It’s worthwhile to note as well that older adults regularly refrain from using elderspeak with each other. Studies have shown that for a great many older adults, elderspeak conveys superiority and a cold attitude.

Why It’s Harmful

Simply put, elderspeak can be considered belittling and patronizing. It conveys beliefs of inferiority and incompetency to older adults, instead of the admiration and respect they deserve. While typically well-meaning and meant to convey endearment, it frequently has the reverse effect.

What to Do Instead

  • Thoughtfully consider how to address the elderly in your life. Many older adults find terms like “young lady,” “honey,” or “dearie” to be offensive.
  • Use caution when modifying how you communicate with an older adult in accordance with individual need. For example, speaking clearly and slowly while facing a senior loved one with hearing loss is helpful. A high-pitched voice, however, can actually further distort the words. An older adult with memory issues can better follow the conversation if it’s broken down into simple, short sentences and yes-or-no questions. This can easily be accomplished without resorting to baby talk.
  • Don’t forget that there’s no one-size-fits-all approach, as each person has unique preferences and challenges. An open and honest conversation with the person about how precisely they would like to be addressed and spoken to is the ideal path to ensure you’re engaging with them appropriately.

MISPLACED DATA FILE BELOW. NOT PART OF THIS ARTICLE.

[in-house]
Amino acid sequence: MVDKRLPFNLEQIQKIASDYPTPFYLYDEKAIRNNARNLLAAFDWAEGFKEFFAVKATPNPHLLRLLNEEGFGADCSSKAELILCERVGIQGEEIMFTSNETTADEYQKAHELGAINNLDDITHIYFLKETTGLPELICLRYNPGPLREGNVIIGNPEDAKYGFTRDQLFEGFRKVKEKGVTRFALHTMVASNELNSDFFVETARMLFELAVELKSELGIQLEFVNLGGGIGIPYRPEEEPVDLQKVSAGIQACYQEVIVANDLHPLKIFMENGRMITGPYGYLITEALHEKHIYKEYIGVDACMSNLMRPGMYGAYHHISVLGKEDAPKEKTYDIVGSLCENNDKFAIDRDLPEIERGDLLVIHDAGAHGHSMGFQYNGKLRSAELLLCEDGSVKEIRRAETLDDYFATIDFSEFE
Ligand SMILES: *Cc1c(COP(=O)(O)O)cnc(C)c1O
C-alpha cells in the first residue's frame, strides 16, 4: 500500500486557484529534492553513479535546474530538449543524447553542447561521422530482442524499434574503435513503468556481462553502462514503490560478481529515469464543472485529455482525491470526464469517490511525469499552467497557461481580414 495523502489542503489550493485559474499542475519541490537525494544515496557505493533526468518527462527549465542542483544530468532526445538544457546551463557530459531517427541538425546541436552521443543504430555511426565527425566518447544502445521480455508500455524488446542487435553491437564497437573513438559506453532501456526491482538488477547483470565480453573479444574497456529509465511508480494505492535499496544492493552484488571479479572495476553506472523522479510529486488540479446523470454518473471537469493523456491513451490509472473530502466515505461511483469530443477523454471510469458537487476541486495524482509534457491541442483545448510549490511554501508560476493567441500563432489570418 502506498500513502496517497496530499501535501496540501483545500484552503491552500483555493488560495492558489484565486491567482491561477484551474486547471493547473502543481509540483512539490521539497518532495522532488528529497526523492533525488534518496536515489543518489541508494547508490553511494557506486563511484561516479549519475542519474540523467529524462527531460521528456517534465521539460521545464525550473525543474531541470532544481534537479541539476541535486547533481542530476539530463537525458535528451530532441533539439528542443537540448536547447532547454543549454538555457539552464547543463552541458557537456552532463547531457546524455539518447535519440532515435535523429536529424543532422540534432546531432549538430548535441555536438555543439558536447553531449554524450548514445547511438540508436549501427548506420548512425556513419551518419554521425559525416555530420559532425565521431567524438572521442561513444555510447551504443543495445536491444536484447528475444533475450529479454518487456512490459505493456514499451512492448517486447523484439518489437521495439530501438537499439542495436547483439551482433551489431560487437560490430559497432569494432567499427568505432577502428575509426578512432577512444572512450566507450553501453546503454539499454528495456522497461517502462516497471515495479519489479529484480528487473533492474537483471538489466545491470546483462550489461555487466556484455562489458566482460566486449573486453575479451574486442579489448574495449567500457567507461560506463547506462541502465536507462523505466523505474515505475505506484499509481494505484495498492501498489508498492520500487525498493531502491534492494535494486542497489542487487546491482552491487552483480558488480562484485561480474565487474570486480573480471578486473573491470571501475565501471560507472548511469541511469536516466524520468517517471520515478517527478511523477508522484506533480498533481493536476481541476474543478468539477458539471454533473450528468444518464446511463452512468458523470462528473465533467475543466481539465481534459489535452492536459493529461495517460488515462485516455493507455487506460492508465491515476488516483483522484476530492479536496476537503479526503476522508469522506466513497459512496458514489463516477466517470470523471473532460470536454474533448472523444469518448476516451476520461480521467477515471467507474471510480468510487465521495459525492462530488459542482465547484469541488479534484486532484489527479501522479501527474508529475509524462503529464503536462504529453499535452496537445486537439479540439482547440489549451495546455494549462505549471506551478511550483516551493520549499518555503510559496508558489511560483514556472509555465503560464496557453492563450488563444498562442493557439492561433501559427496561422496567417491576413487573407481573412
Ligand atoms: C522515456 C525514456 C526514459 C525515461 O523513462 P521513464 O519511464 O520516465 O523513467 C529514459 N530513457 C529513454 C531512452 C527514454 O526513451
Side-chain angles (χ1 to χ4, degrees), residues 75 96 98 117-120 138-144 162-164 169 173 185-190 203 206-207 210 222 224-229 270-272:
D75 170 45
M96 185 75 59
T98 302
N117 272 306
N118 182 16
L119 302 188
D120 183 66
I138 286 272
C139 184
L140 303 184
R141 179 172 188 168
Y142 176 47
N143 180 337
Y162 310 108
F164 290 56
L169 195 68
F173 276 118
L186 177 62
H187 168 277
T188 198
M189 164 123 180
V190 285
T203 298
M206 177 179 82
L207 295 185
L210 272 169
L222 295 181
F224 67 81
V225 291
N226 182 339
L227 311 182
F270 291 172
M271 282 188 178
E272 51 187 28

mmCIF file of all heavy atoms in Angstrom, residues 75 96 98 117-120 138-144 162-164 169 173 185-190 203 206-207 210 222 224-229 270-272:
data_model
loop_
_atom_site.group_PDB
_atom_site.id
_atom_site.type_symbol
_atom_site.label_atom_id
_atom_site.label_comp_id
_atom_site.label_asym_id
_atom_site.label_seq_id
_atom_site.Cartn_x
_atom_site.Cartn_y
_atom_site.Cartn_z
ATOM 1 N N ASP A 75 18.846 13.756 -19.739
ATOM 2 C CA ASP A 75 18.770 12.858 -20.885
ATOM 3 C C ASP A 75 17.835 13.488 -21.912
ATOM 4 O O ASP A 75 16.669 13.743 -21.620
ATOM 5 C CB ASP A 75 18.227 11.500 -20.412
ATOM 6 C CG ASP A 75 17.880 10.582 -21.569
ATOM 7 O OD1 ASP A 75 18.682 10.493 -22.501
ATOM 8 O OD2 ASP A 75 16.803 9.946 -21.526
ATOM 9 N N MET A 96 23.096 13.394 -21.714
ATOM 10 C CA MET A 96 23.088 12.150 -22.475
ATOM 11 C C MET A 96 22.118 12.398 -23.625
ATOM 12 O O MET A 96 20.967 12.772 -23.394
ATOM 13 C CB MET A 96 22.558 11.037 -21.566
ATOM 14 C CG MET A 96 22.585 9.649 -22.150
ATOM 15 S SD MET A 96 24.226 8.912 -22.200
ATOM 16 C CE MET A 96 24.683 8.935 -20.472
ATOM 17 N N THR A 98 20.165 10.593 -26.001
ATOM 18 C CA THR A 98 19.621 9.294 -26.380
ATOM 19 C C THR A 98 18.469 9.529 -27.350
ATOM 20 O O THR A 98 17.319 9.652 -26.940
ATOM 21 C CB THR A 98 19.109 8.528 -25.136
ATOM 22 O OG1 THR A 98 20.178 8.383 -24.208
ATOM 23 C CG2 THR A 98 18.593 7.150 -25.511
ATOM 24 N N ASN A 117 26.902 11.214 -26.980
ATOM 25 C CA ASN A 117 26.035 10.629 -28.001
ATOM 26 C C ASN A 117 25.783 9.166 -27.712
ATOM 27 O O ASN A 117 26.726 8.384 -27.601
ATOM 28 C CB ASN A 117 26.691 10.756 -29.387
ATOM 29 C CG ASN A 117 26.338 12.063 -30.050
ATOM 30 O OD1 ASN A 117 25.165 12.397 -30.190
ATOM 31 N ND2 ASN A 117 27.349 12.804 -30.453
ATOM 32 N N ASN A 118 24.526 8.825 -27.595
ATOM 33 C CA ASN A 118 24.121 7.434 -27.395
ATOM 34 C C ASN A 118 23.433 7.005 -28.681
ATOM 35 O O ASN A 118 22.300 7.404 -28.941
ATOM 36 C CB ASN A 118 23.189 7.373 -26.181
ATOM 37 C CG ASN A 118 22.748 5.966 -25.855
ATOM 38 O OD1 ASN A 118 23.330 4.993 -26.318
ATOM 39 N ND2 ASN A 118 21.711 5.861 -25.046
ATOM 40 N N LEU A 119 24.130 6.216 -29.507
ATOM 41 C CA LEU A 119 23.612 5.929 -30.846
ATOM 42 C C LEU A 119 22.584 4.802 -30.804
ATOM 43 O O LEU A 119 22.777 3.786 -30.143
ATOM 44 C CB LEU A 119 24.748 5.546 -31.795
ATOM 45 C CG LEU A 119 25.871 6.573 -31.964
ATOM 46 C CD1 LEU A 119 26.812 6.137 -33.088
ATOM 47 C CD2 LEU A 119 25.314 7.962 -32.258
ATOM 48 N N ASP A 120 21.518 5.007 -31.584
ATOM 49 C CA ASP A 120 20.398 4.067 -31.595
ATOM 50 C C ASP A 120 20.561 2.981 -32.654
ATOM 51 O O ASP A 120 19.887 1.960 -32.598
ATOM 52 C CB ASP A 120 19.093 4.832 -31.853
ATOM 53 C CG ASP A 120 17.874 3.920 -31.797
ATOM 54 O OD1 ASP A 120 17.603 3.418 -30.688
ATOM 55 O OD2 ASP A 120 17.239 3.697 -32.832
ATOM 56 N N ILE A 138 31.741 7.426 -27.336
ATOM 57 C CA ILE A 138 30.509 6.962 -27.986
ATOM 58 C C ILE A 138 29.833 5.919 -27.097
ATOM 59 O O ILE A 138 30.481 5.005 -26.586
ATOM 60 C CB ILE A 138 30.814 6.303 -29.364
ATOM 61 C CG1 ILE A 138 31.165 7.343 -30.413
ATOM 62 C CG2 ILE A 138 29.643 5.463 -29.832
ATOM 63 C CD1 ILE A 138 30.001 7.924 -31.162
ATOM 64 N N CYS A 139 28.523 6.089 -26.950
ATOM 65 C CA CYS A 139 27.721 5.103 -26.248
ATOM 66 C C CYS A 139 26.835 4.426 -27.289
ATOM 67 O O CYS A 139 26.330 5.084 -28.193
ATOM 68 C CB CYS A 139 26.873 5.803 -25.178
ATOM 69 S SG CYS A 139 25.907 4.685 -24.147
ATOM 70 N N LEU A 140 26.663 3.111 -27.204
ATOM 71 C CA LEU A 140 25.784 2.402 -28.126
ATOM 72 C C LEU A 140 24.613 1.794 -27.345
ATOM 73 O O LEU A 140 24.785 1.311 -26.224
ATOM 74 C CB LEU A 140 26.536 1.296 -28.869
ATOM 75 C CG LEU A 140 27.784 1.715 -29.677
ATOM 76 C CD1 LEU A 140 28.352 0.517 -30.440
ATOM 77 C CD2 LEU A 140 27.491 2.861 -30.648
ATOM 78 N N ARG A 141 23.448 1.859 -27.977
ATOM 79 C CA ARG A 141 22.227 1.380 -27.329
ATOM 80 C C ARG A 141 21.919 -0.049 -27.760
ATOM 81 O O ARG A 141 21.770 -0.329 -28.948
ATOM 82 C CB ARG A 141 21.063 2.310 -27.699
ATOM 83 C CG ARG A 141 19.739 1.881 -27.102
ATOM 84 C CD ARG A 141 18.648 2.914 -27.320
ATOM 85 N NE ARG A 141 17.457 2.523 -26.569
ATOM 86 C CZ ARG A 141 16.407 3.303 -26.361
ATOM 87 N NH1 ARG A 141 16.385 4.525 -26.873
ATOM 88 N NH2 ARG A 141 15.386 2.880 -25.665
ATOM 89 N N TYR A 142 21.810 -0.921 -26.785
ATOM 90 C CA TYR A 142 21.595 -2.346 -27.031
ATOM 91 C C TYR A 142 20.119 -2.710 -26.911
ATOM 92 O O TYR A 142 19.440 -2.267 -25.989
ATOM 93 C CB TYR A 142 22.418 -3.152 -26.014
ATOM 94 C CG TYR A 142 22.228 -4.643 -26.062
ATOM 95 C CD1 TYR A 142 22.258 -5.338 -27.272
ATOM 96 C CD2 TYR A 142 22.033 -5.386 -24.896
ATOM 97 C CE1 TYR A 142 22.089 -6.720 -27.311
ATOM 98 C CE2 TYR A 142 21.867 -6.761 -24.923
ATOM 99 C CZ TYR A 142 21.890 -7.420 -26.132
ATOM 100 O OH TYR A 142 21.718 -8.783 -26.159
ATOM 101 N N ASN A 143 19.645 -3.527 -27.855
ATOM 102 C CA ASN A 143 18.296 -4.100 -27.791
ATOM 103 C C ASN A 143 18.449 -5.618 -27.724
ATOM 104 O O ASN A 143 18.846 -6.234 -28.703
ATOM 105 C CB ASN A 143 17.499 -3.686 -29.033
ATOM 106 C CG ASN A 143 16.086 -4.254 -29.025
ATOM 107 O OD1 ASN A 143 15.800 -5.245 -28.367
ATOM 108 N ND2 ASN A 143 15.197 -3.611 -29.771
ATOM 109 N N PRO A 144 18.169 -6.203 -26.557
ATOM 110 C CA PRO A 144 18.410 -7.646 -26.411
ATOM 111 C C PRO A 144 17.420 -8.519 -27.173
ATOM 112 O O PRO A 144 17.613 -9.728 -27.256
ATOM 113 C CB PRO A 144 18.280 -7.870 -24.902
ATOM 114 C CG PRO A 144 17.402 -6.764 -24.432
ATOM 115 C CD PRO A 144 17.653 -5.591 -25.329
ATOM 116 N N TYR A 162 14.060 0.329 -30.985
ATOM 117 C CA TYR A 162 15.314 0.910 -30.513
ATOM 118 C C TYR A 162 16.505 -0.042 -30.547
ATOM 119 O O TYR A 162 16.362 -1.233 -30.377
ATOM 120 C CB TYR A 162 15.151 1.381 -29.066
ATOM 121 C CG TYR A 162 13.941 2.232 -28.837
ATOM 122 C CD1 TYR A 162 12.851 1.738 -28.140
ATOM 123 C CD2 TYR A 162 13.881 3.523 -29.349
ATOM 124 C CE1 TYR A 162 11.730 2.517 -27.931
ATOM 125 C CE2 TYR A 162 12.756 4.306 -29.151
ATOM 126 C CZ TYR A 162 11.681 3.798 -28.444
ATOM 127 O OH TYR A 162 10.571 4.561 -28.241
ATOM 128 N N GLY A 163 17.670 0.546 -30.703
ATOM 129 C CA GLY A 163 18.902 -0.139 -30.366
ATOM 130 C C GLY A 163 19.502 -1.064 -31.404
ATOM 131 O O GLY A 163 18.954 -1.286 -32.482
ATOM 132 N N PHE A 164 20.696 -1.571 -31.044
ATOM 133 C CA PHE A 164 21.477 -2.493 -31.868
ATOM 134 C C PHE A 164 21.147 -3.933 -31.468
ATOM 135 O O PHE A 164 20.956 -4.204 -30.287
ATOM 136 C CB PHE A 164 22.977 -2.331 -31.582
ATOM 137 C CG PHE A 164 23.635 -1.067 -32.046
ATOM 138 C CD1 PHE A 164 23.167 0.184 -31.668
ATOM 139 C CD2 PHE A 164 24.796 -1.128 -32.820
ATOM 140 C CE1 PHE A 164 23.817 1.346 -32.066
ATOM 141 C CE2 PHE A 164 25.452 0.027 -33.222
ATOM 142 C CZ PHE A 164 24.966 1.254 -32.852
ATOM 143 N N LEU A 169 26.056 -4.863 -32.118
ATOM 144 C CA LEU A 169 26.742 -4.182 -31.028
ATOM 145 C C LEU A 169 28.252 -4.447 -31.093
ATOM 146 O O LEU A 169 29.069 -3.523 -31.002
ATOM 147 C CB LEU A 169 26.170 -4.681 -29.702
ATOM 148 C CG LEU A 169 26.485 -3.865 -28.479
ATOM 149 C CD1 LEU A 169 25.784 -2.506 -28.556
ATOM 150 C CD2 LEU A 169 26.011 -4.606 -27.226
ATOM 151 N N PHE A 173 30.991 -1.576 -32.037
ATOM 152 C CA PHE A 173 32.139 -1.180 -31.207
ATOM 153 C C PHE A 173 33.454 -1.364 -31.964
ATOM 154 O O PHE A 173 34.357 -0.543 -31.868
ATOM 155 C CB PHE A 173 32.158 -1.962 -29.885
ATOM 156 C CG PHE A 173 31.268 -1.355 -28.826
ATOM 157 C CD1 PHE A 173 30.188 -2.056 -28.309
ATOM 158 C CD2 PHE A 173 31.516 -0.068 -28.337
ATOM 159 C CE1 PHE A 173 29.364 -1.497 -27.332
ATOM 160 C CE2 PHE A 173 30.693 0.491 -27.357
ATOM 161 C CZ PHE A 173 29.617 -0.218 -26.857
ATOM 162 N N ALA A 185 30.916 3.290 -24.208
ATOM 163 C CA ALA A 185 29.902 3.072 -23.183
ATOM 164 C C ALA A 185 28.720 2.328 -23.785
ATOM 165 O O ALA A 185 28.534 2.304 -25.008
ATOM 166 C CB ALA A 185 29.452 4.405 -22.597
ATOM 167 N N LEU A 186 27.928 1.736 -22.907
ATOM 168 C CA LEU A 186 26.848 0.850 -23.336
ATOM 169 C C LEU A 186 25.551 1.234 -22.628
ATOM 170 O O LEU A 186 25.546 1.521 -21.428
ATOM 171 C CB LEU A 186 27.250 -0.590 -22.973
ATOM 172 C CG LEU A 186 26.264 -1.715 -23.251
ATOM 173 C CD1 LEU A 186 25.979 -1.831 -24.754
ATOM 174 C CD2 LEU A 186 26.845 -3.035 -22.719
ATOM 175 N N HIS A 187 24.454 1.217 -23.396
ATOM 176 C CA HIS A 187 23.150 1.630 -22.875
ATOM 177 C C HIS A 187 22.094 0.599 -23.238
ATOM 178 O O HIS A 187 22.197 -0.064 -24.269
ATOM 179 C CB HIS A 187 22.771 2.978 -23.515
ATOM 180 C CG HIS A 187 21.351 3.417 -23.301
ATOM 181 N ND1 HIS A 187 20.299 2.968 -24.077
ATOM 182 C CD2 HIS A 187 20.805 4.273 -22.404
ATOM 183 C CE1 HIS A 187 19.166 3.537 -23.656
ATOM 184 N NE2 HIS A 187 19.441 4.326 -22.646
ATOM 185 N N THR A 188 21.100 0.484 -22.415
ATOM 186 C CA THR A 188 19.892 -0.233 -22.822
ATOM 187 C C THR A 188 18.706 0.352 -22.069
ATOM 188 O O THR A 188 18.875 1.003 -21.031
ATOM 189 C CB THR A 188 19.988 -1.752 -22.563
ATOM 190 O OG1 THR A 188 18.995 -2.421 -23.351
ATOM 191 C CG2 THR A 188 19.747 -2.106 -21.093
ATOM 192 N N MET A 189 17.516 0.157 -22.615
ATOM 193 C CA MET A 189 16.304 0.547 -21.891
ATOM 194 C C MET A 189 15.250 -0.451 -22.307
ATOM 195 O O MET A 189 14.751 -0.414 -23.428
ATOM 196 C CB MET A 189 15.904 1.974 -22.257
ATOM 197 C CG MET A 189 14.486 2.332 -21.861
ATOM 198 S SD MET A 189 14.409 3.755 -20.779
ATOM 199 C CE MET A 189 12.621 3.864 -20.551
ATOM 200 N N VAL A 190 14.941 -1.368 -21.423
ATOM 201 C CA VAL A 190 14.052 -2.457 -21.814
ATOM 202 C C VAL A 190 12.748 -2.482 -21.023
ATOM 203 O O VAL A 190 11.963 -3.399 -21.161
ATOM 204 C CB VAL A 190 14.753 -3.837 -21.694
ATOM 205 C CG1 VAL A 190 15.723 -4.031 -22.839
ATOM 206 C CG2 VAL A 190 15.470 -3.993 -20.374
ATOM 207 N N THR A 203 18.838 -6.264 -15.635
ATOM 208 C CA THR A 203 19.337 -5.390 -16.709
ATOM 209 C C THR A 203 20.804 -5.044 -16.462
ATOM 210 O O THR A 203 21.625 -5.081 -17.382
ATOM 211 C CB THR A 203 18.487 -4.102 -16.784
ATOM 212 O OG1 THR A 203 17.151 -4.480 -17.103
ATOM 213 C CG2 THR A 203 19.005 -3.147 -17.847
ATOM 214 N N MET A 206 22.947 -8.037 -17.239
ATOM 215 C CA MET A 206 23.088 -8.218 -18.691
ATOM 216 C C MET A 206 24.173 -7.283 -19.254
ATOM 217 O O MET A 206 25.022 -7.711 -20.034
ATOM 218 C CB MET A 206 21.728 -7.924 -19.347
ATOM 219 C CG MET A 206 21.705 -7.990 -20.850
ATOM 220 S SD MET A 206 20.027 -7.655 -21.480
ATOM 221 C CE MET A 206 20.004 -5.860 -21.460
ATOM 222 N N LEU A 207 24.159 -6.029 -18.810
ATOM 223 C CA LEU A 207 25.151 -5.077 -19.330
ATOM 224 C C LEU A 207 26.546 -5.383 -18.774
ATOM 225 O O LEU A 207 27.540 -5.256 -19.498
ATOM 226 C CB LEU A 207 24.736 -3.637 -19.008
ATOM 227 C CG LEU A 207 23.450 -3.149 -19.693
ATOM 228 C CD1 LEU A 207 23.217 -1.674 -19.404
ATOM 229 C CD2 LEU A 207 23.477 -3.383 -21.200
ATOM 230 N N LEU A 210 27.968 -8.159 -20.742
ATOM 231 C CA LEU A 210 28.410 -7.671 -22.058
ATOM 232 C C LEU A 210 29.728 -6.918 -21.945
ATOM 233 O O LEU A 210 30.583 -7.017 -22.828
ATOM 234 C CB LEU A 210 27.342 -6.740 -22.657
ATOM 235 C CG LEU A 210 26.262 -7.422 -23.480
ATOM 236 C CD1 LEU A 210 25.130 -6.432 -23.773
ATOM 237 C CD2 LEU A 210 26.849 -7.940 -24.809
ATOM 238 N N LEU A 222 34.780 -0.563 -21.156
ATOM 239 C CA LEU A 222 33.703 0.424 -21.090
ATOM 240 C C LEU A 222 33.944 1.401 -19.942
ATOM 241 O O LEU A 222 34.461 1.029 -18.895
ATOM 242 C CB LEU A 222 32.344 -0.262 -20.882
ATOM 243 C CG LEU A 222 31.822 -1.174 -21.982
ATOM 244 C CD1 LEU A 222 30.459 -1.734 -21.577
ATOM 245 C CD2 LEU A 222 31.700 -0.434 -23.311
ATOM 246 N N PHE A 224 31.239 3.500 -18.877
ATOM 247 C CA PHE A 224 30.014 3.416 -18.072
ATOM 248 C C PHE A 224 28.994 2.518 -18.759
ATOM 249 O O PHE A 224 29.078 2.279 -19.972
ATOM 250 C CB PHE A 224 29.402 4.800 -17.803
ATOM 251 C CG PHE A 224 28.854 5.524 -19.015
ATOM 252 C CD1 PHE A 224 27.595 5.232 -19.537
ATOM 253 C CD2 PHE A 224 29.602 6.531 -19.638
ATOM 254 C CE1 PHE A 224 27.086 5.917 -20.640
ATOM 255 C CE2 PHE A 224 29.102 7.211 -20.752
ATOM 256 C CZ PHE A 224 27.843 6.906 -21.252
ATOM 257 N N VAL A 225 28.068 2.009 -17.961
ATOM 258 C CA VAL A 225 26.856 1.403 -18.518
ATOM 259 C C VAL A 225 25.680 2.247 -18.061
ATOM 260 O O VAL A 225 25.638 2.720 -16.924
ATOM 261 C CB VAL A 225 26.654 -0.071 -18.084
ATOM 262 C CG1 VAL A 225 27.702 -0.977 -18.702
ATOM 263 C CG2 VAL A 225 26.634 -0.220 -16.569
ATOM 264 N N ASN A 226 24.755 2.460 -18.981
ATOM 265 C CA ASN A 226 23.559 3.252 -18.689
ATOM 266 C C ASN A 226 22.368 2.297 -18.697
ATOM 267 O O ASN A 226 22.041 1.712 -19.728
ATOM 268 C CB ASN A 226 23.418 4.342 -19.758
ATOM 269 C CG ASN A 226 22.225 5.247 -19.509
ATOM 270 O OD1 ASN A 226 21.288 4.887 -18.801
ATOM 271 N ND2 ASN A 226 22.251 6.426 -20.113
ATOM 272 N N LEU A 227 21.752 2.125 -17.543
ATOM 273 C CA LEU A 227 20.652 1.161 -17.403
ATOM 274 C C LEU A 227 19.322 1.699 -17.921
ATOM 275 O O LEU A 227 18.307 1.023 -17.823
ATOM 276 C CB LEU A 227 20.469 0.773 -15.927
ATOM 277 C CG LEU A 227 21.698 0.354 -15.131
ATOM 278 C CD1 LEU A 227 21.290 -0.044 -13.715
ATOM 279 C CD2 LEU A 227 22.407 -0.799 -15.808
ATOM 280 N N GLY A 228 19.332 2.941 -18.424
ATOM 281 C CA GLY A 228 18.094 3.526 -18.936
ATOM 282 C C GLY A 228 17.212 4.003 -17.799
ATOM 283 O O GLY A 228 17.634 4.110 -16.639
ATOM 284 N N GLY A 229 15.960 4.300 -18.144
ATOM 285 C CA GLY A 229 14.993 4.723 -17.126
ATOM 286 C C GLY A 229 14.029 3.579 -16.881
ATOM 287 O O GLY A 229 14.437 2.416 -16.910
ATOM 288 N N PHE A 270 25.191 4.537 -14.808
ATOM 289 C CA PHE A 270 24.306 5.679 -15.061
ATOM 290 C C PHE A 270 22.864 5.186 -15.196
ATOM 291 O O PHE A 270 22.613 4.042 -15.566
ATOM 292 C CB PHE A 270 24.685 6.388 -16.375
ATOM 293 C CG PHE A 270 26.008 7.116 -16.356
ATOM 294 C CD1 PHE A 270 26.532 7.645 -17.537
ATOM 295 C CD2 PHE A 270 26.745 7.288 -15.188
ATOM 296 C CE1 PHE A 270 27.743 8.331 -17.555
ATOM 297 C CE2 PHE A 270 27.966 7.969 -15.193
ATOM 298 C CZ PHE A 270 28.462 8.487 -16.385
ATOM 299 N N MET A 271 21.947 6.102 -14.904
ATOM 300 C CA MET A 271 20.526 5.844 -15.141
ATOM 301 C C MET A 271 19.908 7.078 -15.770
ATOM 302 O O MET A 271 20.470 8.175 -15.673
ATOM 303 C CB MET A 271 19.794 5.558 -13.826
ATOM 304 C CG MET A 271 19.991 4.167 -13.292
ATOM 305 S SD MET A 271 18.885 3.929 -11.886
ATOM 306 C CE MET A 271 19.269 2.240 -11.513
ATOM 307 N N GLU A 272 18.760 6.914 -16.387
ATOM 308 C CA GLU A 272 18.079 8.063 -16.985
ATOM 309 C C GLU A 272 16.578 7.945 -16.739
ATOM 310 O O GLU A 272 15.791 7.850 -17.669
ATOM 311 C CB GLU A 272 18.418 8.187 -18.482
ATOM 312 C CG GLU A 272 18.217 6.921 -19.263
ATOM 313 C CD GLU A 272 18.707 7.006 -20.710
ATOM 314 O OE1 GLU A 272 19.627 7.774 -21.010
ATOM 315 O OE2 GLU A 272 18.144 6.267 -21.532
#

At Responsive Home Care, we place a great emphasis on respectful interactions with each and every senior in our care. Contact us at (954) 486-6440 for an in-home consultation to learn how we can help promote independence for older adults with personalized in-home support.

How to Address One of the Leading Caregiver Struggles: Caregiver Dread

One of the most common caregiver struggles is caregiver dread.

What are your first thoughts as soon as you wake up in the morning? Are you looking forward to what your day holds, or would you prefer to crawl back under the covers and remain there? If you are feeling more dread than delight as you think through your caregiving tasks for the day, you are not the only one. In fact, caregiver dread is one of the most common caregiver struggles we help families with each and every day.